A Southern Shower



The Front of the invitation I crafted for a friend’s shower

Some traditions are sacred to womankind and I like to think showering the bride is one of them. The bridal shower is a rite of passage. The gifts from any decade are intended to help set up a new household with style. Here in the south, that means oodles of monogrammed items from linens to glassware. The hostesses carefully select decor to integrate with the bride’s color scheme. The feminine touches of white, lace and flowers evoke membership in a truly special group, the company of women.

While we enjoy the mini-cupcakes, signature drinks, and the charming party favors, One friend made lovely jars of sugar scrub for all the guests, I think it is the continuity of the tradition that we find the most pleasing. The rhythm of life is confirmed every time we baptize a baby or hold a funeral for a loved one. Our celebrations of special occasions are milestones for the celebrant and welcome respites from the daily routine for those who are blessed to participate.

Isn’t it nice that life offers up occasions for us to pause, take stock, and count our blessings.? I found this shower to be sweet and relaxing. The aesthetic touches. from the candle in a large cream lantern on the table to the mason jars wrapped with burlap and raffia set the atmosphere. The women, most of whom have known each other for years, felt those bonds of friendship strengthened by our shared happiness for the bride. We oohed and aahed over the lovely linens, many of them monogrammed . We wrote messages of advice for the couple and made the traditional bouquet out of the ribbons off the packages. But mostly we enjoyed each other’s company.

What a gift we woman have in the company of other women, celebrating the beautiful moments in life together. What a blessing that the time-honored tradition of showering the bride is still alive and well.



Southern Girl Rule #5: A glass of Tea and Lunch with a Friend is good for your health

WP_20160329_001I was on spring break this past week and while I can not boast to any exotic time off in the tropics, or even packing a bag to go anywhere, I did indulge in one of  my favorite activities. Lunch out with a friend is not only something I truly enjoy, I think it is essential for my mental health.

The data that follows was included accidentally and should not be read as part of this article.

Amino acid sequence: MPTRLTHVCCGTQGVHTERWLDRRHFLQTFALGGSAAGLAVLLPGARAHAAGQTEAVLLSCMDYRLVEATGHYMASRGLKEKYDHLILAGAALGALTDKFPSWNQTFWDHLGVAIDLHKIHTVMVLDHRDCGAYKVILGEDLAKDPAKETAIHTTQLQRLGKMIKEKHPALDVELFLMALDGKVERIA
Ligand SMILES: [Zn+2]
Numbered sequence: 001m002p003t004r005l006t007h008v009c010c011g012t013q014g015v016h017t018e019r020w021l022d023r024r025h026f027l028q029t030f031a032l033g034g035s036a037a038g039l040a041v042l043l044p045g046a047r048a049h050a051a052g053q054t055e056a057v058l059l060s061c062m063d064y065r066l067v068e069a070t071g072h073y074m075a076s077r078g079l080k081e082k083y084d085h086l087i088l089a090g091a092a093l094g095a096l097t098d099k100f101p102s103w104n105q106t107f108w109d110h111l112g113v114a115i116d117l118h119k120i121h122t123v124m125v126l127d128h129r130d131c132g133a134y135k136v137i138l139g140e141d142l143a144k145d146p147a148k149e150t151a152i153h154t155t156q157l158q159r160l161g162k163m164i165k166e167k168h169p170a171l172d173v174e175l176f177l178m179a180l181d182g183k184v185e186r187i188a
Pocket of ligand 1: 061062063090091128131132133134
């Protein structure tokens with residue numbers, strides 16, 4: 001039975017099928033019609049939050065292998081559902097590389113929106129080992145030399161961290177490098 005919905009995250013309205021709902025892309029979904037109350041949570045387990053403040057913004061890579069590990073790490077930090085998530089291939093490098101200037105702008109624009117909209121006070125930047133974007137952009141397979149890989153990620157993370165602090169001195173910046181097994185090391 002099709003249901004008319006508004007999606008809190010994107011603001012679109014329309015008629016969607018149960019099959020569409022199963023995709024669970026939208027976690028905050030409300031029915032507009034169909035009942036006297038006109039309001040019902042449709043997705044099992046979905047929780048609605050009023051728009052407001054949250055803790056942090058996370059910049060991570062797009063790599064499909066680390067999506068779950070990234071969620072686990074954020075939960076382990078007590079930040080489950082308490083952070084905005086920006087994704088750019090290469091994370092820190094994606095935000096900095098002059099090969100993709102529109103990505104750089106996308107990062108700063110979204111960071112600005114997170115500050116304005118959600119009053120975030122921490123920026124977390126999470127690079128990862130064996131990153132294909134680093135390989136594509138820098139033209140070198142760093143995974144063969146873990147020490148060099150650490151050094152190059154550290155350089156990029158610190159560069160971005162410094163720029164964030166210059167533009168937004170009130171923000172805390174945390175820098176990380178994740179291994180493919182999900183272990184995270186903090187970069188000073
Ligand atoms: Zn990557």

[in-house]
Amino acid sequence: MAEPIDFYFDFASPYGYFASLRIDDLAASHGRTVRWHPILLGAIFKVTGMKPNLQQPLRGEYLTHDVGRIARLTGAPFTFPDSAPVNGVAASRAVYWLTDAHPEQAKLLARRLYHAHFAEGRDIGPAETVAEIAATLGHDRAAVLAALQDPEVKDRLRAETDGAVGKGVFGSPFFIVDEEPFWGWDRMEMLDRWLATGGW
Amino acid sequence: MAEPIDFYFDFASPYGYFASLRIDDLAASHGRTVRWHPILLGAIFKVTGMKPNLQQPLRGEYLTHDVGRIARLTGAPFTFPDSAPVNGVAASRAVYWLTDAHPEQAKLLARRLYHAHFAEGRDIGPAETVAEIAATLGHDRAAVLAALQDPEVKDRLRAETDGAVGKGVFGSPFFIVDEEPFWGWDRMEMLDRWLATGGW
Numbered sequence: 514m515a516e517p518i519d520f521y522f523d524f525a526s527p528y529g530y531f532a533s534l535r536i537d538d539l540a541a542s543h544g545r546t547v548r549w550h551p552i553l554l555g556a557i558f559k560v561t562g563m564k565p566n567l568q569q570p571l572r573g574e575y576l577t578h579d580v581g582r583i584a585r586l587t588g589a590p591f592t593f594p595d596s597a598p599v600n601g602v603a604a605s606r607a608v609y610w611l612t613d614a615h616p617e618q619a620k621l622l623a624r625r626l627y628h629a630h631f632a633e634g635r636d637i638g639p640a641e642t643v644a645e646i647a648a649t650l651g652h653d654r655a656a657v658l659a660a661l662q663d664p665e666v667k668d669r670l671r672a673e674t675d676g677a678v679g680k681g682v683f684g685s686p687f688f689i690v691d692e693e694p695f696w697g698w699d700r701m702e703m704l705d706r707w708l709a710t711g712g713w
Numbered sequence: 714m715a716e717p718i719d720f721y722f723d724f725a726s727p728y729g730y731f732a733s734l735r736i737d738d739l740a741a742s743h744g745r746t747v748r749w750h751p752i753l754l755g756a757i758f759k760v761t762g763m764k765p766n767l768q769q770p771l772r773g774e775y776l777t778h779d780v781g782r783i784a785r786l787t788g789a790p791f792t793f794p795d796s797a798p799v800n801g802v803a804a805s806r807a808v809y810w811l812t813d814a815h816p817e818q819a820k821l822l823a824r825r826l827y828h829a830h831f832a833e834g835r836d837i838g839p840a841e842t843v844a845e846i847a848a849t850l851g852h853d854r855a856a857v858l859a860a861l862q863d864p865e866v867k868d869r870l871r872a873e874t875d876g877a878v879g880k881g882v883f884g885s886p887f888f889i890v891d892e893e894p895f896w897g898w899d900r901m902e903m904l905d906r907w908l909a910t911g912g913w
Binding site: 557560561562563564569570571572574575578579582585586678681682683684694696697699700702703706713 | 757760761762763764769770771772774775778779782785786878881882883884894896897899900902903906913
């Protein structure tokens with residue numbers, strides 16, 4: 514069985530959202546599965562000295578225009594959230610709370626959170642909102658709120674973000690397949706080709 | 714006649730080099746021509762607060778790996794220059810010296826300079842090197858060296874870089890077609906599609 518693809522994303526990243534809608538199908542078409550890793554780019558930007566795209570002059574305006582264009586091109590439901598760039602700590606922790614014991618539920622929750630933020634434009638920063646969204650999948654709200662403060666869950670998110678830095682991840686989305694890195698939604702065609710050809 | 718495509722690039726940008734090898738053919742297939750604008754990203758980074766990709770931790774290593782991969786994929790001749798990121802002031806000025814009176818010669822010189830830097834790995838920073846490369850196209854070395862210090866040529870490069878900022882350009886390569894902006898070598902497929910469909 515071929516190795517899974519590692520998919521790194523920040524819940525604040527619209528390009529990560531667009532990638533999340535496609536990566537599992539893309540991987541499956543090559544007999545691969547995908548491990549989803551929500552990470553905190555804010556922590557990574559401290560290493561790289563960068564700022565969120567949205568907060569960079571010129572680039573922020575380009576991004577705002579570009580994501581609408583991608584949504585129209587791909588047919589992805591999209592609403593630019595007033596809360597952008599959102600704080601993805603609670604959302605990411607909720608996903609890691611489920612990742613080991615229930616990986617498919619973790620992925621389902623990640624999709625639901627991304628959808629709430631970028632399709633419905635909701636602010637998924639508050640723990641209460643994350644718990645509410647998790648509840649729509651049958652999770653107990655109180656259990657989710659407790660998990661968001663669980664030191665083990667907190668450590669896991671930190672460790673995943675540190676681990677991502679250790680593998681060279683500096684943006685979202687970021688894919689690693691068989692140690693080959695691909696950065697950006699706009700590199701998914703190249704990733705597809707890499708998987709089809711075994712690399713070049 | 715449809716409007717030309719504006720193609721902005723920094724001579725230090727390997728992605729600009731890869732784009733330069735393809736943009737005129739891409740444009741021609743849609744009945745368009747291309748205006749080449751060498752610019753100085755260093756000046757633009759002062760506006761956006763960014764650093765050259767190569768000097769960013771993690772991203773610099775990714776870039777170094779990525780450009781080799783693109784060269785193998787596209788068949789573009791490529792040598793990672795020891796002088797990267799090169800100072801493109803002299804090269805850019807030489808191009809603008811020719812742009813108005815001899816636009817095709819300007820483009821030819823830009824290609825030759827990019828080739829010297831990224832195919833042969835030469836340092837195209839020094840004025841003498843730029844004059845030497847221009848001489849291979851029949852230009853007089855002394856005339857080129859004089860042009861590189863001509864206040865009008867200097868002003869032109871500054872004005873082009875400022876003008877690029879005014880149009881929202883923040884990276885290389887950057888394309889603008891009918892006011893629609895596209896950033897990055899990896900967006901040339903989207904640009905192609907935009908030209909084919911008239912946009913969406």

I am fascinated when I do get to go out mid-day on a weekday and see what the rest of the world is up to. As a teacher, I have spent a whirlwind twenty minutes of dining on a packed lunch in the somewhat lacking environment of a primary school cafeteria. So on a teacher workday, or vacation days, I try to be a “lady who lunches” as often as possible. Teachers often feel isolated from other adults, even with colleagues down the hall and in rooms next door. My writing life is also a bit isolating. Let’s face it, you can’t be distracted by others when you are composing dialogue or plotting out the route your characters are going to take to get to the end you have envisioned. I was an only child, so I guess I have had plenty of training on how to be alone and be happy with my own company. I want to make clear, I am very happy on my own, but as we all know that adage, “No man is an island,” I think it is healthy to emerge and socialize now and again.

I do love people, and I have rarely regretted saying yes to a social invitation. I have written before on how important cultivating friendship is. Your true friends, are your touchstones.  They give you a reality check, they cheer you on and they give you strength when your reserves get depleted.

I do enjoy lunch with a group of friends, but there is nothing quite like sitting down with one treasured friend and sipping iced tea. (I wish mine could be sweet tea, but that is a health no-no for me). I have one dear friend who is a bit older than me and has been retired from teaching for several years. We meet for lunch regularly and I always leave with a smiling soul.  I love to listen to her talk, she grew up in Cheraw, South Carolina and her accent is distinctive. I love how we can tell each other anything without judgment. I treasure that friendship and I treasure the time to lunch, al fresco on a sweet spring day.